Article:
Editors Note: Police have yet to confirm the identity of the gunmen in the Kendra Childs case. The opinions and views of this article belong to the author and not the publication at large.
On Wednesday afternoon, social media was awash in #RIPKendra hashtags after news spread that a 19-year-old Houston mother was gunned down in a drive-by shooting.
Police believe the gunmen — a man and a woman in a black Camaro according to witness reports — targeted the young mother.
While police have yet to confirm the identity of Childs’ assailants, screenshots circulated across the Internet appear to show Twitter user “LingLingBaby” (who tweeted from the account @__LadyKocaine) making veiled threats to kill someone, at one point tweeting “my plan is to plot for a year…And I’m gone kill them people. Idgaf if the p.o. see this.”
Social media speculation led many to believe that Lady Kocaine was the ex-girlfriend of Child’s live-in boyfriend.
On Monday, LingLingBaby tweeted, “Praying everything goes good tmrw but I just know it will,” a day before Childs was found dead. Her lifeless body was reportedly found by her boyfriend, who’d been at work at the time of the shooting. She was killed the day before her 20th birthday.
This story is tragic for many reasons, not least of which is the loss of such a young and beloved life. Also sad is the fact that the story was spread across social media, a major purveyor of a meme culture that glorifies “crazy exes” and whose most popular platforms still take death threats far too lightly.
The crazy girlfriend trope popularized in memes is dangerous because it normalizes the behavior of women displaying unhealthy, obsessive fixations. This goes without saying, but lurking on your man’s (or ex’s) social media is not cool. Tearing down his current relationship or harassing his current partner is not cool. Using social media to spread hate and make threats is not only not cool, it’s also incredibly reckless when screenshots are possible with the click of a button and social media followers can double as witnesses.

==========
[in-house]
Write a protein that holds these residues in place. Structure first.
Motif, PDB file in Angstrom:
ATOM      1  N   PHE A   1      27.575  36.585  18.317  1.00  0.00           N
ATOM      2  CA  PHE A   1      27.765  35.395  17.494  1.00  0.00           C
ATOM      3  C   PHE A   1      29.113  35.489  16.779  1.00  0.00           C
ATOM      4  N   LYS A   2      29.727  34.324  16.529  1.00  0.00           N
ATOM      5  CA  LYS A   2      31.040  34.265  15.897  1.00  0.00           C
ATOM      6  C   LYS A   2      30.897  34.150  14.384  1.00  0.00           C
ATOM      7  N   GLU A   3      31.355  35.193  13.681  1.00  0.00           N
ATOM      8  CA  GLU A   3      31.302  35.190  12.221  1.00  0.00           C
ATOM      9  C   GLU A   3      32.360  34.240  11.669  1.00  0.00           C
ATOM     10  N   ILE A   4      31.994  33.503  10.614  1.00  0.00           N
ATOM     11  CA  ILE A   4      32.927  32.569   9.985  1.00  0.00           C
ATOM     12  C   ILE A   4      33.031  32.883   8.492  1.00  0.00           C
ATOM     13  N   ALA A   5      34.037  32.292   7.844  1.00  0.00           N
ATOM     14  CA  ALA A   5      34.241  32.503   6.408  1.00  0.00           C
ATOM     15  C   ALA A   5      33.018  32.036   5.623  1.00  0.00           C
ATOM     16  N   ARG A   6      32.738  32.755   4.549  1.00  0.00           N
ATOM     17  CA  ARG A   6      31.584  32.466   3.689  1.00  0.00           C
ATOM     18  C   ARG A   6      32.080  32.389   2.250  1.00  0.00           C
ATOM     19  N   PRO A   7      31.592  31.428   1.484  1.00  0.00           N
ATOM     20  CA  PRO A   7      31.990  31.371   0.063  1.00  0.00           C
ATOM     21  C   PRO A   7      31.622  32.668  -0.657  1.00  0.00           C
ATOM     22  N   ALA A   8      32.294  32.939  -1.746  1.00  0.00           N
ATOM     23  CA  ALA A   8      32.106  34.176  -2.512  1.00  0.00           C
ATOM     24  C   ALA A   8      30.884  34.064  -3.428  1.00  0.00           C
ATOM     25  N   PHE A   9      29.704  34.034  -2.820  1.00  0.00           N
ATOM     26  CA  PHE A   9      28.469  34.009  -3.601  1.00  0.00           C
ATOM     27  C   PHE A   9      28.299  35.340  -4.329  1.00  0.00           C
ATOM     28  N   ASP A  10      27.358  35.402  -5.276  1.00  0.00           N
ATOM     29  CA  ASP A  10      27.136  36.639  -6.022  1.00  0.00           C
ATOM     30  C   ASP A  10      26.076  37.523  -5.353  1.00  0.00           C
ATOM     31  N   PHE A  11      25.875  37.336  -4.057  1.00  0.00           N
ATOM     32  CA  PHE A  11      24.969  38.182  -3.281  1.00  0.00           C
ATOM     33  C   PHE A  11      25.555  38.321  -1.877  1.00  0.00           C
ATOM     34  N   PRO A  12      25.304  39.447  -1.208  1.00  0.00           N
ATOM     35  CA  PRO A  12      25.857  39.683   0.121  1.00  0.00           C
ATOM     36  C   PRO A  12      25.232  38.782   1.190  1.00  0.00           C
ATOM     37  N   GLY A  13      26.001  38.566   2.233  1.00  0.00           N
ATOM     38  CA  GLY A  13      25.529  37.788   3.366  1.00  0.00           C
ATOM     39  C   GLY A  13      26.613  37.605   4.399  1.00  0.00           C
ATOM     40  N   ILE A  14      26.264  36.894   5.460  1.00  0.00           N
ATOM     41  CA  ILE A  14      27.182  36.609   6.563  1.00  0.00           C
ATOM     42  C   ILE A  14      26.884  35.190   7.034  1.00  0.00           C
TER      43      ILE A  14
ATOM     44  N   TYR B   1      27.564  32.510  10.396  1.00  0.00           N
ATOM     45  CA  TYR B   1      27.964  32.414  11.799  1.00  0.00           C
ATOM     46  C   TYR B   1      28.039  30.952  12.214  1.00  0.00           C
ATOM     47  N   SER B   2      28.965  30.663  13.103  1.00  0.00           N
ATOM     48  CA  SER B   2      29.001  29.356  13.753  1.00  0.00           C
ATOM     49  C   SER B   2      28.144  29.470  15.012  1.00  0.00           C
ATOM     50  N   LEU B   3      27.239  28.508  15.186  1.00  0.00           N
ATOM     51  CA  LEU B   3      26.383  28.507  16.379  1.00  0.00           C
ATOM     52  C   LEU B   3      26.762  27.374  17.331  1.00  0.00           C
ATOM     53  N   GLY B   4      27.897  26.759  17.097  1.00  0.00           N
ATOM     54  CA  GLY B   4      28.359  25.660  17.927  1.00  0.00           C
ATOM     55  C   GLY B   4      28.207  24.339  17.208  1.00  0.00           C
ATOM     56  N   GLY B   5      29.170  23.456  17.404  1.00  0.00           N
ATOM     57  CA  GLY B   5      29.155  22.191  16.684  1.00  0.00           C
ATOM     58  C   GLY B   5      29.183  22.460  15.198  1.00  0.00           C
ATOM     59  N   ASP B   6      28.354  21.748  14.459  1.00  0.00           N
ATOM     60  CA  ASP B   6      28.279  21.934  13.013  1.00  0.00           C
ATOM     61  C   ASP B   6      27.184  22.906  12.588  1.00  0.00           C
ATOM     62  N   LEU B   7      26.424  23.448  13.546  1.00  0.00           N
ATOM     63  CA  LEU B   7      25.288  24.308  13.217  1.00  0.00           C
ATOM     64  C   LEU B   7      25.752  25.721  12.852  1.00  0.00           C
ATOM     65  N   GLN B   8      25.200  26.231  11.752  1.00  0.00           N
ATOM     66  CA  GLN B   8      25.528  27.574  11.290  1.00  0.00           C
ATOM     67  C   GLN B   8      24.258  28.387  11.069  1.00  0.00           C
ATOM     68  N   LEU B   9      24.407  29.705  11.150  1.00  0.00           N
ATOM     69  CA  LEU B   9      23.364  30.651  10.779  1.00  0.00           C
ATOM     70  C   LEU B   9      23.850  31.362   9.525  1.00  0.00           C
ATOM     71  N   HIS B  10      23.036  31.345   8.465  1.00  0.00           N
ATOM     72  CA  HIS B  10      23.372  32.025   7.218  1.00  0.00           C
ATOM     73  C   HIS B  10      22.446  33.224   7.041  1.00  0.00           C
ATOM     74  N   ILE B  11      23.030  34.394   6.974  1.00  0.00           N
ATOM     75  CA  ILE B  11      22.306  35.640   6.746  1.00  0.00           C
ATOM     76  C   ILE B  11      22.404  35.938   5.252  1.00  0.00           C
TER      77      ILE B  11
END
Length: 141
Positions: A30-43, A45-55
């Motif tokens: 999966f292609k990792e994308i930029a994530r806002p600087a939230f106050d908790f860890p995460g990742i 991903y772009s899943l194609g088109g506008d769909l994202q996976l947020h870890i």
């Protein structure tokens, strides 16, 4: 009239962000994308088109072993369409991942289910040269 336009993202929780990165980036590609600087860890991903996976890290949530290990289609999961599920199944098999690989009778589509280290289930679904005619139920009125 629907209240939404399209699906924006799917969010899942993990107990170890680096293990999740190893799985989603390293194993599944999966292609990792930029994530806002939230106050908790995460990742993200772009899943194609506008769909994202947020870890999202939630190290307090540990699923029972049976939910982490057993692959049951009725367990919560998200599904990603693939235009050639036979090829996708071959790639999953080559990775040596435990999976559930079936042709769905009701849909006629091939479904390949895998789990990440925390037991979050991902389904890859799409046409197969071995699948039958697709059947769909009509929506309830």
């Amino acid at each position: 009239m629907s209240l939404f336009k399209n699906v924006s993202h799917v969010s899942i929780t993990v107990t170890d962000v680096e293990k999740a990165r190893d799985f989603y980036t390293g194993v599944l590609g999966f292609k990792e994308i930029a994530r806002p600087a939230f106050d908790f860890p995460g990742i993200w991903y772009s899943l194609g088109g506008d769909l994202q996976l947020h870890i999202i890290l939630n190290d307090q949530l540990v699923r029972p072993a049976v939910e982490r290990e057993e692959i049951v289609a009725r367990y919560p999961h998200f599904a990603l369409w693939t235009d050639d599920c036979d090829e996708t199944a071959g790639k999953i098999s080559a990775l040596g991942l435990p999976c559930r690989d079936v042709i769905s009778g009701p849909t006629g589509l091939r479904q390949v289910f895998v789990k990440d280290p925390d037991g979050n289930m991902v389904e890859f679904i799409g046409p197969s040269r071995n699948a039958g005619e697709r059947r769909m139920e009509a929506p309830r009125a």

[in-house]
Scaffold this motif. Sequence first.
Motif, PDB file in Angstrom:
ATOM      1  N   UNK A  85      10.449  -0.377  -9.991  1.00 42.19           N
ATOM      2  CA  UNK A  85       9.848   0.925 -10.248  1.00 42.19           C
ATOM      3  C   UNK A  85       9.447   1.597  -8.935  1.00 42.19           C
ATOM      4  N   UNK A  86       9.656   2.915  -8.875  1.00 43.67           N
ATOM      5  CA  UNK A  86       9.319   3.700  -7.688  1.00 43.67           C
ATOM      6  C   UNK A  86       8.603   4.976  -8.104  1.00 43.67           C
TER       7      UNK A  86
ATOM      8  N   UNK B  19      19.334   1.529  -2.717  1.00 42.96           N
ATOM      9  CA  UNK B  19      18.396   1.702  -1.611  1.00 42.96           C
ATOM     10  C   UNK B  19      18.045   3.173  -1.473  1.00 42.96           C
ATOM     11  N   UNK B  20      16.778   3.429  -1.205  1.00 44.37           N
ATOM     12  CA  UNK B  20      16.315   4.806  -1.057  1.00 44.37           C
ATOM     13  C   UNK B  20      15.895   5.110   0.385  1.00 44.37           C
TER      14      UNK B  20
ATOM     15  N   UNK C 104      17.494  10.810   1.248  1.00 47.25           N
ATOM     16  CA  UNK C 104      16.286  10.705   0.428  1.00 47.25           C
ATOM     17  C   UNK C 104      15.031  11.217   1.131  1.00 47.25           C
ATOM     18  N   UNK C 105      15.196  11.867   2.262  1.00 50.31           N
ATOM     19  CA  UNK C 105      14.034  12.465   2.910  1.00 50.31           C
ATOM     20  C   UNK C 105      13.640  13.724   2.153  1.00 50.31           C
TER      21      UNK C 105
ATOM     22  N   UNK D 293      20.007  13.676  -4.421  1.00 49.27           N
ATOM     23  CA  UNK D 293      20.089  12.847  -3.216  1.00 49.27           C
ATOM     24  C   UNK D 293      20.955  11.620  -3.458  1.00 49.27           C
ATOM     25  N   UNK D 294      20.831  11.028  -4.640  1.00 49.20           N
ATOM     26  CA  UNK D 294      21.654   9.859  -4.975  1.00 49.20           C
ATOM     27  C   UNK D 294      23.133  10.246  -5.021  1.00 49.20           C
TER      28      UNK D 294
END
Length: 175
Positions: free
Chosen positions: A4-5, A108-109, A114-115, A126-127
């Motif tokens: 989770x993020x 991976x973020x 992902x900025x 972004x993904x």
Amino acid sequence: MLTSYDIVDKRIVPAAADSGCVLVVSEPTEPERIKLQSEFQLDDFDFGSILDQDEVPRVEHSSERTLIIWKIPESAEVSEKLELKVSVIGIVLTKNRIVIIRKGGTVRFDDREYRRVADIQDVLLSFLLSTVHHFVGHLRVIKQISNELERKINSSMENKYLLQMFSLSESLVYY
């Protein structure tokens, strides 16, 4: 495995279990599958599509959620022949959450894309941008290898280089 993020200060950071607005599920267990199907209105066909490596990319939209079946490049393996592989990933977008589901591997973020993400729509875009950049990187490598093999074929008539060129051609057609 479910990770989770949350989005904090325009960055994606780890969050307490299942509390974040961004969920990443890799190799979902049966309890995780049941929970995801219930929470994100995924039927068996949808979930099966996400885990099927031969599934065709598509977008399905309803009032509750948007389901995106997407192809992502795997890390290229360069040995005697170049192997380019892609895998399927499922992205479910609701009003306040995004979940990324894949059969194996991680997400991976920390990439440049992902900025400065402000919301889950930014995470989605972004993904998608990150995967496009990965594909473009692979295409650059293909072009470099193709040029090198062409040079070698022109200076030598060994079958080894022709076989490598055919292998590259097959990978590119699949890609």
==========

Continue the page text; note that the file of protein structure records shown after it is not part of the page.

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But there’s another side.
The double-edged sword of meme culture is that in the same way that it normalizes women behaving badly, it also allows men to write off women as “crazy” or “emotional” for showing any hint of emotion. As the Washington Post reported in this must-read piece on double standards in language, “crazy” is one of several deadly words men employ to shame women into compliance. How many times have you been told to “calm down,” or “quit overreacting” after voicing your (very rational) concerns to your partner? We are conditioned to believe that losing our cool in a moment of anger or frustration is akin to being mentally unhinged and thus we police our emotions to please to our male partners.
Calling women crazy, then subscribing the “crazy ex” to fatal situations like Childs’ lumps all women into a narrative that paints them as dangerous, irrational and mentally unstable.
That’s simply not the truth. In that way, it demonizes women as a whole and absolves the bad behavior of those who actually commit crimes.
“Crazy” is a term that is wildly irresponsible.
Additionally, social media platforms like Twitter and Instagram need to be held accountable for threats made by their users. And we as users need to be ready to report abuse as soon as we see it because there’s truly no telling who is capable of what. We also need to ditch the idea that cyberbullying is a problem that doesn’t affect our community. The ethos “if you see something, say something,” extends beyond the public transit system and should be an intuitive response to any form of abuse, online or otherwise.
Social media platforms need to be less lenient of any user issuing death threats. From the racist trolls who targeted Leslie Jones this summer to users like LingLingBaby who tweet out vague threats, Twitter should intervene in any cases of abuse.
Between social media use and meme culture glorifying or making light of serious situations, we leave our women in danger and perpetuate damaging stereotypes.
If you or someone you know is being harassed online, report the offender (every social media platform should have a ‘report’ function) or visit stopbullying.gov for more information.